Is Apple right?

I’ve not really paid much attention to the spat between Apple and Adobe over Flash. However, recently, I’ve noticed a deterioration in the responsiveness in web sites that use Flash for video content. The BBC World Cup and Telegraph web site are two glaring examples. Pages freeze and scrolling becomes intermittent. I did a little digging and came across this statement by Steve Jobs. I had thought that Apple were just being obstructive, but now I’m lined up with Apple. I hope Adobe pulls its finger out and sorts the problems, but I somehow doubt it.

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9 thoughts on “Is Apple right?”

  1. In short, no. 🙂

    I’m platform agnostic. I have a Macbook, Sony phone, Windows PC running Linux virtual machines. My day job is Sun Solaris Sys Admin.

    I agree that HTML 5 is the future for many applications. But the sheer hypocrisy of Jobs and Apple is staggering. Sniping at Adobe about their 100% proprietary product line is laughable given Apple are exactly the same. OK they may have made one or two concessions to Open Source with Webkit and Darwin. But make no mistake, Apple is hugely anti-competitive. This is not about performance or battery life. It’s about neutering your competition.

    They want to dictate what software you can install on you iPhone/iPad via their app stores, they want to squeeze every last drop of revenue out of every avenue they can.

    That’s the real reason Flash is locked out of Apple’s mobile ecosystem. They can’t control it. Free flash apps would compete directly with the App store Apple is making huge sums of money from. Simple as that.

    BTW, if you’re using Safari, check out Click to Flash to tame embedded Flash.

  2. Thanks for the tip Fraser. I jumped ship to Apple in Jan this year as I had a gutfull of WIndows Vista. Saying that Fraser summed it up well and it is all about the share price and dividend at the end of the day.

  3. I’m not sure that is fair Fraser.

    Flash does cause Macs to crash occasionally — both my desktop and laptop. To be fair to Adobe they claim that Apple are not using the latest version of the flash plugin, but mine as as up to date as they can be.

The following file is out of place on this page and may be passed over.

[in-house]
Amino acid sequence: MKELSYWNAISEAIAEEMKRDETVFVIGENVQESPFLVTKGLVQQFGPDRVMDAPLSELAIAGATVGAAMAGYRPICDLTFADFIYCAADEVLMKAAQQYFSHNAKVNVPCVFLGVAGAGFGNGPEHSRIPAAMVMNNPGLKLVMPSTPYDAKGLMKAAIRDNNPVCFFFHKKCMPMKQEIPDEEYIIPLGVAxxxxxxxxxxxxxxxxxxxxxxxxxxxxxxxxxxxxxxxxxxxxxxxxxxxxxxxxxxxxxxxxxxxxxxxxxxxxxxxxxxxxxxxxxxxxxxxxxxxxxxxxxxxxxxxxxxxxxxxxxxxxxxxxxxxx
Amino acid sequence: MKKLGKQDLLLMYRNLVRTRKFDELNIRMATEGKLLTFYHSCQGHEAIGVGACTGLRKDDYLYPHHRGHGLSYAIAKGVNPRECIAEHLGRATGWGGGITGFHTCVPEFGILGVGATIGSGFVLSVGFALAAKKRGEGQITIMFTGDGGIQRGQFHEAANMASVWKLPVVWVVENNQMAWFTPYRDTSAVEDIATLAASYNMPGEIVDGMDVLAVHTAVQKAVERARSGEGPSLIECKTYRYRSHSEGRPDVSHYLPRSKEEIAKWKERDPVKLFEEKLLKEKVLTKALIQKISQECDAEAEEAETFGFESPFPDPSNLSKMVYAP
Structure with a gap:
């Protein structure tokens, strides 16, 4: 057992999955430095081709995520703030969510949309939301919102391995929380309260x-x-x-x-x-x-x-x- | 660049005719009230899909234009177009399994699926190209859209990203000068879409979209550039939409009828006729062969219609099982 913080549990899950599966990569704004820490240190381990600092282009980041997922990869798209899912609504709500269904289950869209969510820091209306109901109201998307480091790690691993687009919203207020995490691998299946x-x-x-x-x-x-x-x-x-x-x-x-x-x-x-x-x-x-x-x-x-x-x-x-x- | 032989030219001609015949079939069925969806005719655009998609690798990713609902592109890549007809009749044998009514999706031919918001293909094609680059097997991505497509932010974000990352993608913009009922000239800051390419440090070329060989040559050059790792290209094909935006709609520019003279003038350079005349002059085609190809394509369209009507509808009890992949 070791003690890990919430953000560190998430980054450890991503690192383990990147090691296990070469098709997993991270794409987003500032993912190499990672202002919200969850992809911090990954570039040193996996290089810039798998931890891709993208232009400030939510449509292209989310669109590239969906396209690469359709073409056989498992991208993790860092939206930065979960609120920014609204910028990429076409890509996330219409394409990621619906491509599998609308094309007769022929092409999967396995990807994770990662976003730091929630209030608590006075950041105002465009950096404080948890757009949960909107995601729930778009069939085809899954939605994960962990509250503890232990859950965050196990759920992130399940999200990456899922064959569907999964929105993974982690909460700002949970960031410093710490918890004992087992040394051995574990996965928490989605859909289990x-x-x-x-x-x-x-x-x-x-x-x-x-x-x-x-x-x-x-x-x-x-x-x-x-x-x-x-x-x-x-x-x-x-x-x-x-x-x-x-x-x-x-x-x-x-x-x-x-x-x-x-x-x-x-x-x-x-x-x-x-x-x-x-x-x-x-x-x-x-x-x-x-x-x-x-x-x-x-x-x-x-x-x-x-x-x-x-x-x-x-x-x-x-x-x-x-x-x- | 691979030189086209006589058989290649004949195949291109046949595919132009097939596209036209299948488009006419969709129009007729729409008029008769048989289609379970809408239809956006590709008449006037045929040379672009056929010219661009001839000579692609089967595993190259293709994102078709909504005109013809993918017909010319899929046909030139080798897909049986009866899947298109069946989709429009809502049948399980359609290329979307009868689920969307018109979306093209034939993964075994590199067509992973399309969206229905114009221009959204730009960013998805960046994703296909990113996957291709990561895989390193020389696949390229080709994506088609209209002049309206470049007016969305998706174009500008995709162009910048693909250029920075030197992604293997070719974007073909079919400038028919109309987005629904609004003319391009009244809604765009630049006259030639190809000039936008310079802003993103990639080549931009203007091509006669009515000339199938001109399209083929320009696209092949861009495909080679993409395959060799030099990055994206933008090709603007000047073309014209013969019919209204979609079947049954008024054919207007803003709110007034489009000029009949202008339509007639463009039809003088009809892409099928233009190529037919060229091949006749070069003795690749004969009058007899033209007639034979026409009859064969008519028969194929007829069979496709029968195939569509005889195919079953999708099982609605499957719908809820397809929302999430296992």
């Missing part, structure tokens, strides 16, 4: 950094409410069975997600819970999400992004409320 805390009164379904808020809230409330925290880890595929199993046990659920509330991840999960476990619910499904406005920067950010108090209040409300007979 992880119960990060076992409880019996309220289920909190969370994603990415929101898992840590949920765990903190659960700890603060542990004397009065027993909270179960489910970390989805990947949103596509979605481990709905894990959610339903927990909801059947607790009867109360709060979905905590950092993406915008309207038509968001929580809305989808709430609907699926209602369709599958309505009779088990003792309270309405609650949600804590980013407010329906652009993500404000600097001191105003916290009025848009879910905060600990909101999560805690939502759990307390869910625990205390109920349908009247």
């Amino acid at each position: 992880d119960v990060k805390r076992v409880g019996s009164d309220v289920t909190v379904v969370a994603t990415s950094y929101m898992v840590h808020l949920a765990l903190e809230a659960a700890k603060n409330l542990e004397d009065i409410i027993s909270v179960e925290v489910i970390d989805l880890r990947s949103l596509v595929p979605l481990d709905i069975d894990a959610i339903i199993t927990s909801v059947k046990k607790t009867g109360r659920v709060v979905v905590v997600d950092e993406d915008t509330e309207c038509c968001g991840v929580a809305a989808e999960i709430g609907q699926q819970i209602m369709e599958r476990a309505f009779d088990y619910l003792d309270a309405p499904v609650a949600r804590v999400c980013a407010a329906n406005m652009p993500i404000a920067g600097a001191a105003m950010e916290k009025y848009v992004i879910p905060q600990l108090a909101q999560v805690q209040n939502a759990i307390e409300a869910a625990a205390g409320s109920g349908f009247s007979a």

We are still waiting for Flash mobile and I suspect this is not as easy to get right as they thought. As I understand it whether a flash movie is actually on the screen, or on part of the page that is not being displayed) it is still drawing power.

    Battery life is pretty critical to a mobile.

    Flash Player for Mobiles (v.1) only arrived today!

    I agree with the comments about propriety lines — we do need web standards right the way along the line. That’s why I suspect html 5 will prevail.

  4. Apple have a right to make their own decisions – if they wish to make that or justify it based protecting the user experience then fine. Consumers at the end of the day have a choice.

    Being an avid reader of forums what I see is that the polarisation in opinion tends to be between ‘techies’ who understand RAM, Ghz etc. and who love to dabble, tweak and fettle and consumers who just want a product that works, delivers a user experience and care not about how. Of course it’s the techies who are active and vocal on forums but in terms of the overall market they are in fact in the minority. Apple, as a matter of philosophy, have done more than anyone to recognise and put usability and experience above the technology – which for the majority is what matters.

    As a semi-techie I used to love playing and tweaking….until Windows Vista that is! Now I just want stuff to work, to enjoy my technology and gadgets as a means to an end, as a medium for doing stuff – consuming content, accessing services etc. – without having to think/worry about how its being delivered. If my user experience is affected by Apples decisions/restrictions then either a) I can thank them for it or b) I can vote with my feet/wallet and buy elsewhere.

    At the end of the day you could argue that it doesn’t matter who is right/wrong – the market will dictate. Apple does have competition – Android/Google will see to that – but my guess is that Apple (and their shareholders) would be far happier delivering a more seamless, albeit controlled, user experience for millions of everyday consumers than attempt to appease a minority.

    Many of us older(!) chaps have grown up in an age of ‘real’ computers/hardware/software/wires and have been used to a degree of fettling to get things to work. Tomorrows generation of consumers will be further removed from the technology than ever – to them its will be even more about usability , services/applications and access/availability – they’ll not care as much about how they are delivered or the tech specs behind them. The migration of services to the web/cloud will also see less reliance on hardware spec’s- viz, the explosion in lower powered cheaper netbooks for simple web-access – interestingly many of them struggle with flash!